As the Florida state legislature looks into reforming its pension system, a war of words has erupted between Sunshine State lawmakers and public-sector unions:
Unions have rebuffed reform efforts, pointing to reports showing that state and local retirement plans made up 2.37 percent of expenditures in 2008, while some municipalities throughout Florida contend retirement benefits exceed 50 percent of their payrolls.
[Democratic State Sen. Jeremy] Ring said that unions are looking at it the wrong way, and that retirement benefits take up an average of 20 to 25 percent of local government payrolls statewide.
Not to give away the ending, but it’s the unions that are wrong here. As a recent report from the James Madison Institute revealed, many (though not all of) Florida municipalities have unsustainable pension systems. Miami’s budget is 20 percent pension debt, or about $101 million this year alone. The report calculates that the average funded ratio of Miami’s pension plans is about 68.8 percent, but this number is based on incomplete information, much of which dates back before the recession hit. This misinformation isn’t just limited to Miami. According to the National Center for Policy Analysis, Florida’s pension system, which was supposedly fully funded in 2008, was actually underfunded by about 11 percent.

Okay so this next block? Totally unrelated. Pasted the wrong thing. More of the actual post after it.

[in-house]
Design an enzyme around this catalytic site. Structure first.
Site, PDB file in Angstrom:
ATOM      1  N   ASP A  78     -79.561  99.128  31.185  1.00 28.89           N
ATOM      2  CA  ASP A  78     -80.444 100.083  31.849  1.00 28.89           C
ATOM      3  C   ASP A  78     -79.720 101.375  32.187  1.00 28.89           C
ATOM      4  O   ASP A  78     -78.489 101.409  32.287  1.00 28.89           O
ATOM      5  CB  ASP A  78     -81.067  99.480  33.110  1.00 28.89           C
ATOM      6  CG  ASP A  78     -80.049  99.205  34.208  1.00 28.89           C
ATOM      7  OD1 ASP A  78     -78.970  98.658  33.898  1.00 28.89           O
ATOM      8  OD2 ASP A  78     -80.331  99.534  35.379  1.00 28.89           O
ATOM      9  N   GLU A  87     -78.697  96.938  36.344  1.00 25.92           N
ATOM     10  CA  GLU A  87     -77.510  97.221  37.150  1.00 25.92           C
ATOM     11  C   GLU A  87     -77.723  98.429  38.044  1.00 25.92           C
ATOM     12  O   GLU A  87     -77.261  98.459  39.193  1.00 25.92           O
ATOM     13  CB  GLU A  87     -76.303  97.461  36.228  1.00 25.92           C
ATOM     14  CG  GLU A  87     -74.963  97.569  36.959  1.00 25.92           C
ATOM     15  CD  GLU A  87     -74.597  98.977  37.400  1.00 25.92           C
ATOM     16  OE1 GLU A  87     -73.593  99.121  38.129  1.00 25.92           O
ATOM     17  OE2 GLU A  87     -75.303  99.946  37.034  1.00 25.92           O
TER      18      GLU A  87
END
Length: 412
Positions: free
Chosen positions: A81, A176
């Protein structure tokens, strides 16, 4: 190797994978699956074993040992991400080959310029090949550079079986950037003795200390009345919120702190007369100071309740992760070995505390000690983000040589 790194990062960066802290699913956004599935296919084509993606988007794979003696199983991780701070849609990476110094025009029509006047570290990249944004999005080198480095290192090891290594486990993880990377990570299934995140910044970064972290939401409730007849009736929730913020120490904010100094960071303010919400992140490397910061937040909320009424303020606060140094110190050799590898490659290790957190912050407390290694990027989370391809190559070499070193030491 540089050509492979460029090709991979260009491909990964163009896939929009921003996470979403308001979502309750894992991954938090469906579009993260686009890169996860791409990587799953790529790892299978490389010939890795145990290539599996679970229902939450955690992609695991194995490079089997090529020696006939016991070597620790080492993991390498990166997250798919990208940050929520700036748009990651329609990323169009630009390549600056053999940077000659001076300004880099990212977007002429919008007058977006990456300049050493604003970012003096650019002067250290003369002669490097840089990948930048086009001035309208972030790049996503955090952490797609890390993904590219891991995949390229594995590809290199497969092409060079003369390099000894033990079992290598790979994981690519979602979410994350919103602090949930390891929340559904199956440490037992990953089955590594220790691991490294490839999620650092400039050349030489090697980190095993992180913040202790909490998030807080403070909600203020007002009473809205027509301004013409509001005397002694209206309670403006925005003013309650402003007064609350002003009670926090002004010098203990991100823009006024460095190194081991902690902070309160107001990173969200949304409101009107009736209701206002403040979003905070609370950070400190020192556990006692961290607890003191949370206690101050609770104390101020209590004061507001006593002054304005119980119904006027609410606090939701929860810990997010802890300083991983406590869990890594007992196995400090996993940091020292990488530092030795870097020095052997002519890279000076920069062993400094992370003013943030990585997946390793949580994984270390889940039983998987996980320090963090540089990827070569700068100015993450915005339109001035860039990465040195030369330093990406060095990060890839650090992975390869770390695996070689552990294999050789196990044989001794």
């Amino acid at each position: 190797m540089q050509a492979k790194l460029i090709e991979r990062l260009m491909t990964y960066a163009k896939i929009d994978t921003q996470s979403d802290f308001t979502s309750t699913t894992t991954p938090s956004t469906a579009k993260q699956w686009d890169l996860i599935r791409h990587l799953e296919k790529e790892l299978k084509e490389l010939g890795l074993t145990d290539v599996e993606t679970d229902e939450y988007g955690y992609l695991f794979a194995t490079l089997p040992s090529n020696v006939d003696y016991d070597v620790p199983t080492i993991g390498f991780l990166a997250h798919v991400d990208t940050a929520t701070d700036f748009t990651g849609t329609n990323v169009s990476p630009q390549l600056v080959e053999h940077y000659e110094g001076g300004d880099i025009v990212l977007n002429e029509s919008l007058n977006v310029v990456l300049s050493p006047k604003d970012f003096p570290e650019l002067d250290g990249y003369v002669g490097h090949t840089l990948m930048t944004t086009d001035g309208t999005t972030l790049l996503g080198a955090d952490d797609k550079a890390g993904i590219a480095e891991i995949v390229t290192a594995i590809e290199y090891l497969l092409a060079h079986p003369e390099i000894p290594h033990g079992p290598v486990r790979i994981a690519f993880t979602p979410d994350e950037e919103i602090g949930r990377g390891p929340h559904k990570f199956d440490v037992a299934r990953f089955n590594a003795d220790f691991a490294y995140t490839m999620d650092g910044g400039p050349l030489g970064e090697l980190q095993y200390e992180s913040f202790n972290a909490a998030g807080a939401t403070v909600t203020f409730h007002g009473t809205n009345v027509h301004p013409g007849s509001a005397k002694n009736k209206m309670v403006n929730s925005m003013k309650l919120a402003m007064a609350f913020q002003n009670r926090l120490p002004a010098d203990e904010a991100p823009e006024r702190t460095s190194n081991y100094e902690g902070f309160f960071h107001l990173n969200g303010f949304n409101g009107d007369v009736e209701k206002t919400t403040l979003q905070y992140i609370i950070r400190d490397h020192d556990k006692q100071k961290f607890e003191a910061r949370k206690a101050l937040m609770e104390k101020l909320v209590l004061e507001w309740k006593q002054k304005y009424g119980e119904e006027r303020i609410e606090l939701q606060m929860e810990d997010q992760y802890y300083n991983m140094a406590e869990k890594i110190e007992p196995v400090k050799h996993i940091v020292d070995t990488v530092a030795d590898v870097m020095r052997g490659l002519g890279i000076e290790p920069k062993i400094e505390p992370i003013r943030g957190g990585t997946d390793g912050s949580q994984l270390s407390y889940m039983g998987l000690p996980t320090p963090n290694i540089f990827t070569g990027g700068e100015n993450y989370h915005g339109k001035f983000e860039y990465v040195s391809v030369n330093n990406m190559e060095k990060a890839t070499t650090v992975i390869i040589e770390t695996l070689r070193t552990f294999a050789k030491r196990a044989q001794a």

Of course Florida is nowhere near as bad as, say, New Jersey. But its municipalities still went through the typical pension promise, making overly generous promises to government workers and assuming an absurd 8 percent rate of return (in most cases). The Sunshine State should make some serious reality-based reforms to its pensions — and the unions should stop distorting the truth.